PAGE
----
Public Reason

There’s a popular (I’m tempted to say “standard”) secular liberal argument in support of a secular public sphere. Appeals to faith, the argument goes, might have purchase on the faithful, but not on those outside a particular sect. The Bible interpretation of a certain denomination or the pronouncements of popes and rebbes may legitimately persuade or motivate those who accept such authorities. But we live in a pluralistic society where no single overarching view of the good life is dominant…. Read more

Adam Lee: Conservatives Want America to be a “Christian Nation” — Here’s What That Would Actually Look Like

Adam Lee compares “Rick Perry’s version of ‘Christian values’ to what the Bible really dictates.”LINK Read more

LINK: Frank Turek Asks, “Why Are Atheists so Angry?”

In an audio file uploaded to YouTube by “DrCraigVideos,” Turek reviews the YouTube comments on the Craig-Hitchens Debate and describes the apparent name-calling used by atheists against Dr. Craig. He then asks the question, “Why are atheists so angry?”LINK Read more

Reppert on Harris on Killing People for What They Believe

On his Dangerous Idea blog, Victor Reppert takes Sam Harris to task for his statement that ““Some beliefs are so dangerous that it may be ethical to kill people for believing them.”I haven’t read Harris’s book. With that said, based solely on the quotation provided by Reppert, I find Harris’s (apparent?) statement appalling. If it’s true, Harris had better hope his opponents don’t adopt his ethical principle and then decide his beliefs are “too dangerous.” LINK Read more

LINK: Confessions of an Ex-Moralist

The New York Times recently published an essay by philosopher Joel Marks, entitled, “Confessions of an Ex-Moralist,” in which he describes his decision to eliminate “all moral concepts and language from [his] thinking, feeling and actions.” If you haven’t already seen this, it’s an enjoyable read.LINK Read more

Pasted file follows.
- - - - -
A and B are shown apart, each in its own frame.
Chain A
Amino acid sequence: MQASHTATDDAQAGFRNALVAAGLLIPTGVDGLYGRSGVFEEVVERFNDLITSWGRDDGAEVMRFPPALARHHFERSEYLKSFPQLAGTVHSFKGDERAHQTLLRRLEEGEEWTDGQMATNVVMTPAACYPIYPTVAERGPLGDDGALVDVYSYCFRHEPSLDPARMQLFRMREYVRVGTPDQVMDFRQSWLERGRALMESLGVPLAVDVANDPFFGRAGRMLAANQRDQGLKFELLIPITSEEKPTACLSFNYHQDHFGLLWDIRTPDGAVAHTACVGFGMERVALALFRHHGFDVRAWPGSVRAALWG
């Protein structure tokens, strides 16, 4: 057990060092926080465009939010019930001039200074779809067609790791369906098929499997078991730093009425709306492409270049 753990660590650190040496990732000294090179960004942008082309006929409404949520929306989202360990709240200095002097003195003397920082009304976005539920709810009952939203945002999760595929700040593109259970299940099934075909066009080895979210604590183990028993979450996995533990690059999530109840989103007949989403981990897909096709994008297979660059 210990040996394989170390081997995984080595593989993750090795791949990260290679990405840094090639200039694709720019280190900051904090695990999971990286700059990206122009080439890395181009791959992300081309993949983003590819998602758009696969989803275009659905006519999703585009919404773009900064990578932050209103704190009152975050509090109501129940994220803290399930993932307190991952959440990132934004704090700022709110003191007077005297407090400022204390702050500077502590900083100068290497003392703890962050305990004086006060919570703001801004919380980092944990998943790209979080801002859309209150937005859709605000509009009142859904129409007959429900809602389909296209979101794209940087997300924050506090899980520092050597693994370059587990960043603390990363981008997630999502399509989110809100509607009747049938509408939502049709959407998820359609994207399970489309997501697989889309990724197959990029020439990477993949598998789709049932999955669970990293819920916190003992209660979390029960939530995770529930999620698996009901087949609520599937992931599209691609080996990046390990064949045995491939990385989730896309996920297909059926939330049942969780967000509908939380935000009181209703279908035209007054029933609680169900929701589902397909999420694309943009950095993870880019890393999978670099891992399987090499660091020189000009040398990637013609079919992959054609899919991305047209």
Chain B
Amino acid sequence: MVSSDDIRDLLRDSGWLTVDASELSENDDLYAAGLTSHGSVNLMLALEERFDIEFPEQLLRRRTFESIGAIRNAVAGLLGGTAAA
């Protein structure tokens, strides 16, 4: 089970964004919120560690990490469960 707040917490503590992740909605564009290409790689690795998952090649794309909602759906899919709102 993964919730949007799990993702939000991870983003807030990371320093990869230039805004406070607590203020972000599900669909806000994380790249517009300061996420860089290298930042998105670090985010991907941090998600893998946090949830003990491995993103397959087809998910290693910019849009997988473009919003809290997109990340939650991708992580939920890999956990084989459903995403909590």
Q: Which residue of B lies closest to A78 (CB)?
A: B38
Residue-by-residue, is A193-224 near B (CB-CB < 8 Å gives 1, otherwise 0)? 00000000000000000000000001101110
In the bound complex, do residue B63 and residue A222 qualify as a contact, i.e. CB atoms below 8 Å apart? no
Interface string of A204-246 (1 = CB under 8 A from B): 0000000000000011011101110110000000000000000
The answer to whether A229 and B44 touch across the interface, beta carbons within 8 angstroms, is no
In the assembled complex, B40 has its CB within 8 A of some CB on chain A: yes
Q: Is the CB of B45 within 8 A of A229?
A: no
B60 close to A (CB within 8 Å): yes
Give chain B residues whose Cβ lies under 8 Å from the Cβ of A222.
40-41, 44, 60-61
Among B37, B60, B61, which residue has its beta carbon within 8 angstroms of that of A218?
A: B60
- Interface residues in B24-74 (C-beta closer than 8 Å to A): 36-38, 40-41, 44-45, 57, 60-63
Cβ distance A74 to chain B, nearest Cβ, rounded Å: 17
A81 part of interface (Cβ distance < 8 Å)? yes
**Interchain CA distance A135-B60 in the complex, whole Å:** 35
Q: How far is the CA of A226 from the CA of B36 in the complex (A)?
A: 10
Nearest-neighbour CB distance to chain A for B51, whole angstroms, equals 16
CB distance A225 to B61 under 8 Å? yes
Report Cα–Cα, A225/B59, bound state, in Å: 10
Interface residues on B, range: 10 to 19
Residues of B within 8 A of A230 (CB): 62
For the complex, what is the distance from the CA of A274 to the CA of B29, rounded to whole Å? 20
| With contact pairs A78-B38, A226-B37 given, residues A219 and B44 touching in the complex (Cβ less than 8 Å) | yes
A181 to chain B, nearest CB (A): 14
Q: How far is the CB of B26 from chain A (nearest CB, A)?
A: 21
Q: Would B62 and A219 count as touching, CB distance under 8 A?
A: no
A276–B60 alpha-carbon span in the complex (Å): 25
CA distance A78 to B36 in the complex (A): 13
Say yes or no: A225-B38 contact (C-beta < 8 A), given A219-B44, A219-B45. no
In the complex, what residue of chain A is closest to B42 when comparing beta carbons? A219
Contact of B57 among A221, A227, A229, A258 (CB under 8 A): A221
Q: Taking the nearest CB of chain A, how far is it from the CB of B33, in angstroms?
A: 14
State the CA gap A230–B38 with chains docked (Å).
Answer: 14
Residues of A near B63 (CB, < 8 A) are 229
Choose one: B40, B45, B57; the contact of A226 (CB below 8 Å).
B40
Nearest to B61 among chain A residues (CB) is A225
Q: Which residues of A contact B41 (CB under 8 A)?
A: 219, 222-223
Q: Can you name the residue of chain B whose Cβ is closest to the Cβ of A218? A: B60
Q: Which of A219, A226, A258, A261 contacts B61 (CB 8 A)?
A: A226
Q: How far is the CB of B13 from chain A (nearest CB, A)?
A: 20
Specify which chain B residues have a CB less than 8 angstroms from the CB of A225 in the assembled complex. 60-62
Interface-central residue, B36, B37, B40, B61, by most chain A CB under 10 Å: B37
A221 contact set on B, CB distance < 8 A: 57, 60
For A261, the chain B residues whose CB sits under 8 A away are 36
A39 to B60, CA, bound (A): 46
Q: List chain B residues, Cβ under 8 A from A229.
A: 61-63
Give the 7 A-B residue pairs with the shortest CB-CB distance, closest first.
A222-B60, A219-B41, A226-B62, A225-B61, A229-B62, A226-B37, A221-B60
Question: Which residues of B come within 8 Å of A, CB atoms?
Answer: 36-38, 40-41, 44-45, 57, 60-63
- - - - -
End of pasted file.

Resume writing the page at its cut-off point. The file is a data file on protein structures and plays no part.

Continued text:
Alexander Pruss’s Simple Argument against Divine Command Theories

Here is Pruss’s argument:1.Even if God didn’t forbid it, torturing the innocent would be wrong. 2.(Premise) Necessarily, torturing the innocent is wrong. 3.(Premise) Possibly, God does not forbid torturing the innocent.4.(Premise) If divine command theory is true, then it is the case that: necessarily, something is wrong if and only if it is forbidden by God. 5.Therefore, divine command theory is not true.LINK Read more

LINK: The Mildest Anti-God Billboard You’ll Ever See

LINK Read more

LINK: Physicist David Deutsch: Immaterial Explanations Aren’t Necessarily False

Amy Hall at Stand to Reason summarizes a video interview with Oxford physicist and atheist David Deutsch. I haven’t seen the video, but her summary sure makes it sound interesting.LINK Read more

LINK: Michael Ruse: Little Value in New Harris Book

“Poor scholarship, ad hominem attacks and an obsession with religion are not the hallmarks of a solid argument.”LINK Read more

Mandating coverage is not requiring use

Proposed regulations in the Affordable Care Act would provide preventive services for women that Catholic doctrine considers sinful. I am not surprised that John Garvey, President of Catholic University, doesn’t approve. But I thought I was reading George Orwell’s novel 1984 when he said: “In objecting to these regulations, our university does not seek to impose its moral views on others. All we ask is respect for the religious beliefs we try to impart to our students.” Huh? Has the… Read more

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